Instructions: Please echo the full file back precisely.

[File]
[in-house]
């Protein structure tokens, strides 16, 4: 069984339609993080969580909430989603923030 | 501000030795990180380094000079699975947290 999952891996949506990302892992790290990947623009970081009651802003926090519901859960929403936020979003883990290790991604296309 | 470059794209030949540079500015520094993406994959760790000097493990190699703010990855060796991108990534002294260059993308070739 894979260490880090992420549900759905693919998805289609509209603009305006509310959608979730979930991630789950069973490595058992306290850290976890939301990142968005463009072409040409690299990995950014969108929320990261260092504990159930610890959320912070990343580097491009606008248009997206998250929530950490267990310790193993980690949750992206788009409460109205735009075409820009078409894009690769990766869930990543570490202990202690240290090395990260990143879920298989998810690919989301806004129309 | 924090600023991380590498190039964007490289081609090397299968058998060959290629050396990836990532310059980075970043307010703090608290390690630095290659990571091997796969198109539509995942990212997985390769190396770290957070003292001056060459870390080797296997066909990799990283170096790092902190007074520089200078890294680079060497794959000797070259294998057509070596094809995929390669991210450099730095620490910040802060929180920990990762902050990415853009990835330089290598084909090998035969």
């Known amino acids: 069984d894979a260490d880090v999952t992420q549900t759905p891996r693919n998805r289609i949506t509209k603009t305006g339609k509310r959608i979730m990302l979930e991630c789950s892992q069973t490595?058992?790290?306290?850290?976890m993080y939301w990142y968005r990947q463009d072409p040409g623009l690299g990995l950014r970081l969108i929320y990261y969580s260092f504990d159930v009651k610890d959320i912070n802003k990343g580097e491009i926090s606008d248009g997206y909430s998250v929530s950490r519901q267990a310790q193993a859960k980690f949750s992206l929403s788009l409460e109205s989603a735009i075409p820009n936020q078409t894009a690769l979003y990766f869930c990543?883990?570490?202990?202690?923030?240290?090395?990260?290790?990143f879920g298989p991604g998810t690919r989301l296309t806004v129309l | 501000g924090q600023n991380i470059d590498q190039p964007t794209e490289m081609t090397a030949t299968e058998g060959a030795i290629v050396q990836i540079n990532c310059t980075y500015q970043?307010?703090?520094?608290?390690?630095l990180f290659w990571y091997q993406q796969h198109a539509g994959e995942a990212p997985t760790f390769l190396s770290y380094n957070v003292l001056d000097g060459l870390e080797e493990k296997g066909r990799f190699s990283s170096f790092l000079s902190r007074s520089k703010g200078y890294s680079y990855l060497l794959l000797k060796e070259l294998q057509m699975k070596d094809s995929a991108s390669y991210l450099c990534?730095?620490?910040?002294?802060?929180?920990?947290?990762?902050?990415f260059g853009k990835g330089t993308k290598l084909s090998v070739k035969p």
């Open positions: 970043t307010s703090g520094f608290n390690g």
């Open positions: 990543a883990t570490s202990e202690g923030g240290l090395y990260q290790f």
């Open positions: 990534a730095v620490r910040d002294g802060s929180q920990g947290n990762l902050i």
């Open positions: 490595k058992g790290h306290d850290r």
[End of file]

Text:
[in-house]
């Protein structure tokens, strides 16, 4: 069984339609993080969580909430989603923030 | 501000030795990180380094000079699975947290 999952891996949506990302892992790290990947623009970081009651802003926090519901859960929403936020979003883990290790991604296309 | 470059794209030949540079500015520094993406994959760790000097493990190699703010990855060796991108990534002294260059993308070739 894979260490880090992420549900759905693919998805289609509209603009305006509310959608979730979930991630789950069973490595058992306290850290976890939301990142968005463009072409040409690299990995950014969108929320990261260092504990159930610890959320912070990343580097491009606008248009997206998250929530950490267990310790193993980690949750992206788009409460109205735009075409820009078409894009690769990766869930990543570490202990202690240290090395990260990143879920298989998810690919989301806004129309 | 924090600023991380590498190039964007490289081609090397299968058998060959290629050396990836990532310059980075970043307010703090608290390690630095290659990571091997796969198109539509995942990212997985390769190396770290957070003292001056060459870390080797296997066909990799990283170096790092902190007074520089200078890294680079060497794959000797070259294998057509070596094809995929390669991210450099730095620490910040802060929180920990990762902050990415853009990835330089290598084909090998035969």
């Known amino acids: 069984d894979a260490d880090v999952t992420q549900t759905p891996r693919n998805r289609i949506t509209k603009t305006g339609k509310r959608i979730m990302l979930e991630c789950s892992q069973t490595?058992?790290?306290?850290?976890m993080y939301w990142y968005r990947q463009d072409p040409g623009l690299g990995l950014r970081l969108i929320y990261y969580s260092f504990d159930v009651k610890d959320i912070n802003k990343g580097e491009i926090s606008d248009g997206y909430s998250v929530s950490r519901q267990a310790q193993a859960k980690f949750s992206l929403s788009l409460e109205s989603a735009i075409p820009n936020q078409t894009a690769l979003y990766f869930c990543?883990?570490?202990?202690?923030?240290?090395?990260?290790?990143f879920g298989p991604g998810t690919r989301l296309t806004v129309l | 501000g924090q600023n991380i470059d590498q190039p964007t794209e490289m081609t090397a030949t299968e058998g060959a030795i290629v050396q990836i540079n990532c310059t980075y500015q970043?307010?703090?520094?608290?390690?630095l990180f290659w990571y091997q993406q796969h198109a539509g994959e995942a990212p997985t760790f390769l190396s770290y380094n957070v003292l001056d000097g060459l870390e080797e493990k296997g066909r990799f190699s990283s170096f790092l000079s902190r007074s520089k703010g200078y890294s680079y990855l060497l794959l000797k060796e070259l294998q057509m699975k070596d094809s995929a991108s390669y991210l450099c990534?730095?620490?910040?002294?802060?929180?920990?947290?990762?902050?990415f260059g853009k990835g330089t993308k290598l084909s090998v070739k035969p």
């Open positions: 970043t307010s703090g520094f608290n390690g």
């Open positions: 990543a883990t570490s202990e202690g923030g240290l090395y990260q290790f």
């Open positions: 990534a730095v620490r910040d002294g802060s929180q920990g947290n990762l902050i």
């Open positions: 490595k058992g790290h306290d850290r």